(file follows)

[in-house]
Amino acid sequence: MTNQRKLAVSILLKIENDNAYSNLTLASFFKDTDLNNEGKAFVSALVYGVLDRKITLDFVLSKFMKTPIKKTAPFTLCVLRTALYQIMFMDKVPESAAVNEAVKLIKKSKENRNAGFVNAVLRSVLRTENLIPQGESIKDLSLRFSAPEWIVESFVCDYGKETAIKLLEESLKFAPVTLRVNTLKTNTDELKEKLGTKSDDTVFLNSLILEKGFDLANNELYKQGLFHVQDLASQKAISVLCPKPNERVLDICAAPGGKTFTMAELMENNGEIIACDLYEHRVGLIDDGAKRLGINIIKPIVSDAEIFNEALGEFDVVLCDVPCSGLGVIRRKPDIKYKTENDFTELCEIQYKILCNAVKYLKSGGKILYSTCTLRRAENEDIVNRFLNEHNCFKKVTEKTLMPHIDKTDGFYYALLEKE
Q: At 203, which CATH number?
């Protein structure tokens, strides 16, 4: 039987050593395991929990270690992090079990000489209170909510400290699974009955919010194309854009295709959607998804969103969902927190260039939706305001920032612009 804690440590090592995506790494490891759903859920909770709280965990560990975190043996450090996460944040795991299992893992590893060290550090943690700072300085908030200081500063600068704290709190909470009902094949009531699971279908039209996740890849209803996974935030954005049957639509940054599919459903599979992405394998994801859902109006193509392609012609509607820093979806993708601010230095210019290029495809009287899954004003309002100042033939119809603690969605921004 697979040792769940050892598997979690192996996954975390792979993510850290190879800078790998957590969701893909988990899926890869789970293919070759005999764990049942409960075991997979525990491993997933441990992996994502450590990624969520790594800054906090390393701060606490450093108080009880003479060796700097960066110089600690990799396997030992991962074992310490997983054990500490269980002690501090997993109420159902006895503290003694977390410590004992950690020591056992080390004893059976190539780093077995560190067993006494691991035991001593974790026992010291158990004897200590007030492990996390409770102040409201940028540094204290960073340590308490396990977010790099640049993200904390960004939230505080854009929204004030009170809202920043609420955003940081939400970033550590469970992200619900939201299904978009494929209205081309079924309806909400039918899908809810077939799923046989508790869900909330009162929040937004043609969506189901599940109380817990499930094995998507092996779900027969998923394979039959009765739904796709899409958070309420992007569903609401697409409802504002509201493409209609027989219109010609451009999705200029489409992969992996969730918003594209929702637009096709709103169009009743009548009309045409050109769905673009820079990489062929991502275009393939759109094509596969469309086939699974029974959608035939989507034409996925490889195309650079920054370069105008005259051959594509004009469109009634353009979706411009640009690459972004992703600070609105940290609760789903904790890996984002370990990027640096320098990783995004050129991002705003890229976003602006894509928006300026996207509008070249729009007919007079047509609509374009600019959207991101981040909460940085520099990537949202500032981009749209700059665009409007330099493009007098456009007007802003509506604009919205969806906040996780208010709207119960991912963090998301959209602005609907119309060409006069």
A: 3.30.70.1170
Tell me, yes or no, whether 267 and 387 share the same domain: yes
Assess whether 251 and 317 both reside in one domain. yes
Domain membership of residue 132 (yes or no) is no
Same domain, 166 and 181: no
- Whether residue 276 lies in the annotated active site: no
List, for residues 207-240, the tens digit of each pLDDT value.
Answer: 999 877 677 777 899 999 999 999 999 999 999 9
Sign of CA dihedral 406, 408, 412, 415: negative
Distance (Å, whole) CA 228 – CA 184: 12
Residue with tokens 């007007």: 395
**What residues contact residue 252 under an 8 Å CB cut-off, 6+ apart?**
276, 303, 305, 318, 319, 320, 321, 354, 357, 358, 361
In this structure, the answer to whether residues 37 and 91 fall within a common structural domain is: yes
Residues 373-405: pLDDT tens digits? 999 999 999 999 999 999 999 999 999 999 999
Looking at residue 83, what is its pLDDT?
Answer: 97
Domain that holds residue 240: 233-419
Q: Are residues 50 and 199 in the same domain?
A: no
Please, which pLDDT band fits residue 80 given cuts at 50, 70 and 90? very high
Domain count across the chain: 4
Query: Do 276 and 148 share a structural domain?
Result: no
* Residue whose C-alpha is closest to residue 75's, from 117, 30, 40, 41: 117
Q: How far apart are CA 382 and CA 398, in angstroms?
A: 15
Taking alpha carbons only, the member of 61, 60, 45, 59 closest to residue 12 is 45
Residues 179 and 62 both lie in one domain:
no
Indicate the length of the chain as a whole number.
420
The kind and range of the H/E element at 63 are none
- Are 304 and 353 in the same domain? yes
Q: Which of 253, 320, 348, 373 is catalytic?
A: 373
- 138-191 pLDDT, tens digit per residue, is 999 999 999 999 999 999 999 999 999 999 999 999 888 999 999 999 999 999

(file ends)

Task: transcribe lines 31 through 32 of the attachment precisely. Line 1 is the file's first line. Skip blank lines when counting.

A: 15
Taking alpha carbons only, the member of 61, 60, 45, 59 closest to residue 12 is 45